Germany Needs Vaccination Strategy Against Measles, Experts Say | Germany| News and in-depth reporting from Berlin and beyond | DW | 07.03.2009
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Germany Needs Vaccination Strategy Against Measles, Experts Say

With a growing number of measles cases, the Robert Koch Institut (RKI) has called for urgent inoculations. Experts are holding the first-ever National Inoculation Conference in Mainz to devise a strategy.

Vaccinations are covered by the compulsory health insurance fund in Germany

Germany needs to develop a vaccination strategy -- and fast

According to the Robert-Koch Institute (RKI), the central federation institution responsible for disease control and prevention in Germany, there has been a recent spike in measles cases.

There were 566 cases in 2007, but the number rose to 916 just one year later, said the RKI. Eighty-three cases have been reported across Germany since the beginning of February 2009.

"Measles are hardly a harmless childhood illness," said RKI President Joerg Hacker.

Alarming outbreaks

Hamburg has recently experienced an alarming breakout of the disease. Just over 100 cases were reported in the city since the beginning of the year -- more than in any single year since 2001, when reporting measles cases was made compulsory.

A child being vaccinated

While many children get their first inoculation against the measles, receiving the second is also key

The western state of North-Rhine Westphalia has also seen a shocking increase in cases, according to the Robert-Koch Institute. Twenty-eight cases have been reported since the middle of February, in contrast to 50 in all of last year.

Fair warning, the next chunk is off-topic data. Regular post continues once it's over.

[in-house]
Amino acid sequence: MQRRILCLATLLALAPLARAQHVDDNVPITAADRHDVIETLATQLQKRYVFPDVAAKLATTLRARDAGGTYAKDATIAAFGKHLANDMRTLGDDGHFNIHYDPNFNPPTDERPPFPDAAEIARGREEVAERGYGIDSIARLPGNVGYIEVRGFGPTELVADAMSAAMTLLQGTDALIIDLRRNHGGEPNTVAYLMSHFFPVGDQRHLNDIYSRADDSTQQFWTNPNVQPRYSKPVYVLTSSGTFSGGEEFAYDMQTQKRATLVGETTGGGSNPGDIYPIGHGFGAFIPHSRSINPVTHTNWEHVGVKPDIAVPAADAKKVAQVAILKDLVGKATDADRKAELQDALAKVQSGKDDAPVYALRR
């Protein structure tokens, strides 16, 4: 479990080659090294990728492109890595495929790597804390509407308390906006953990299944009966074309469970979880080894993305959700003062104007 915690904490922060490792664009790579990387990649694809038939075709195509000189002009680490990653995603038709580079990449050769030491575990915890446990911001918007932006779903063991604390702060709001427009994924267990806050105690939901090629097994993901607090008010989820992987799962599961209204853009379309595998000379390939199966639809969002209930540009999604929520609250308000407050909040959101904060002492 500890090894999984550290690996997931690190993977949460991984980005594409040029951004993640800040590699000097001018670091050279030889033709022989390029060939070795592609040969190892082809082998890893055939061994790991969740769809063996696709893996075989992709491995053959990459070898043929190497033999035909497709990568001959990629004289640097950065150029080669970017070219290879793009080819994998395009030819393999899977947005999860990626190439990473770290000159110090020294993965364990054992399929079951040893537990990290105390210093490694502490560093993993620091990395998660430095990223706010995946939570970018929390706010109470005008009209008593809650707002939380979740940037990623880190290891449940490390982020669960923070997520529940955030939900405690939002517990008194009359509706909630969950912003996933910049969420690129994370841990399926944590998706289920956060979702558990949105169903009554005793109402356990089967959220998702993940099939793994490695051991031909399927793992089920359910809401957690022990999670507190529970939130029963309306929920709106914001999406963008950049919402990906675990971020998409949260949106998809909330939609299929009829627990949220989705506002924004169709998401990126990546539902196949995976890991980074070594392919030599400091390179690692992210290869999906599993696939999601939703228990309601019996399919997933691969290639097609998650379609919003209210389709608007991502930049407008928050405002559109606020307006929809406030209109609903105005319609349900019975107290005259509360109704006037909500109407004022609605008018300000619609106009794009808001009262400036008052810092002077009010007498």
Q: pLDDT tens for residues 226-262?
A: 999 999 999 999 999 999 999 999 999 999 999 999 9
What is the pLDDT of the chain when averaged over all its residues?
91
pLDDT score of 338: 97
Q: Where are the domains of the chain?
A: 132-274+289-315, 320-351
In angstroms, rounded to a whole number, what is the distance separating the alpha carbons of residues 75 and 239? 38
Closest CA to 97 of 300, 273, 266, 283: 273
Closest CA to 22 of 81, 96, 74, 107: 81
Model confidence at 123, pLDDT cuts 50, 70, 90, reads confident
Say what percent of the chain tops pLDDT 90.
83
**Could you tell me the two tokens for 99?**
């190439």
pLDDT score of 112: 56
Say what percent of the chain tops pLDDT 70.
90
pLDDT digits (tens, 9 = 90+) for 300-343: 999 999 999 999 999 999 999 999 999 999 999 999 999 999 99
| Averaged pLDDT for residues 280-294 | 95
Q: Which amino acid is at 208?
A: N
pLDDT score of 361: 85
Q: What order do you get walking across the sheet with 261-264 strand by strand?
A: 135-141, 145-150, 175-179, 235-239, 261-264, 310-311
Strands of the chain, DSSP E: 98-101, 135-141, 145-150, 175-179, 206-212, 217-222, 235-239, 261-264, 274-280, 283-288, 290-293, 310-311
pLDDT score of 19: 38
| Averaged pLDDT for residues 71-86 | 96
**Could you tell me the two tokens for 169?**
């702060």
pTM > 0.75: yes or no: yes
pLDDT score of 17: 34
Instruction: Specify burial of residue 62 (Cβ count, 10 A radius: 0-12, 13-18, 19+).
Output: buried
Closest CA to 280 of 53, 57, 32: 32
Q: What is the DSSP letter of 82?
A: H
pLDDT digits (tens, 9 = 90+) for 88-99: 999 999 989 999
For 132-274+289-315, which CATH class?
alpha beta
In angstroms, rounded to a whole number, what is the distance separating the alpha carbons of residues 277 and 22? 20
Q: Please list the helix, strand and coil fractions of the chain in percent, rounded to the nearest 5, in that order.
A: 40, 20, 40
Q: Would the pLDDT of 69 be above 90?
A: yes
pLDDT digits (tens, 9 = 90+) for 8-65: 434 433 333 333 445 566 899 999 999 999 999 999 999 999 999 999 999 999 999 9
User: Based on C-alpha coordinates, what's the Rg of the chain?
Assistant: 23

In Europe, 8,145 measles cases have been reported in the last 12 months. Eighty-six percent of these were limited to just six Western European countries -- Germany, Italy, Austria, Switzerland, Spain and the UK -- as well as Israel.

Adolescents at risk

With the rise in cases, Germany has set a goal together with the World Health Organization (WHO) to eradicate measles, but experts say the current inoculation quota will not achieve this -- which is why the first National Inoculation Conference was held in Mainz this week to discuss a vaccination strategy.

The WHO's European office in Copenhagen has warned that measles is a highly contagious disease since many children either have not been immunized or haven't received the necessary stage-two immunization.

According to RKI studies, approximately one-fourth of adolescents in Germany are not immunized against measles, though measles vaccinations in children has increased in past years.

Nevertheless, only 87 to 95 percent of children have received both measles vaccinations, which isn't enough to eradicate the illness.

Vaccinations in Germany are voluntary, but are covered by the compulsory health insurance fund.

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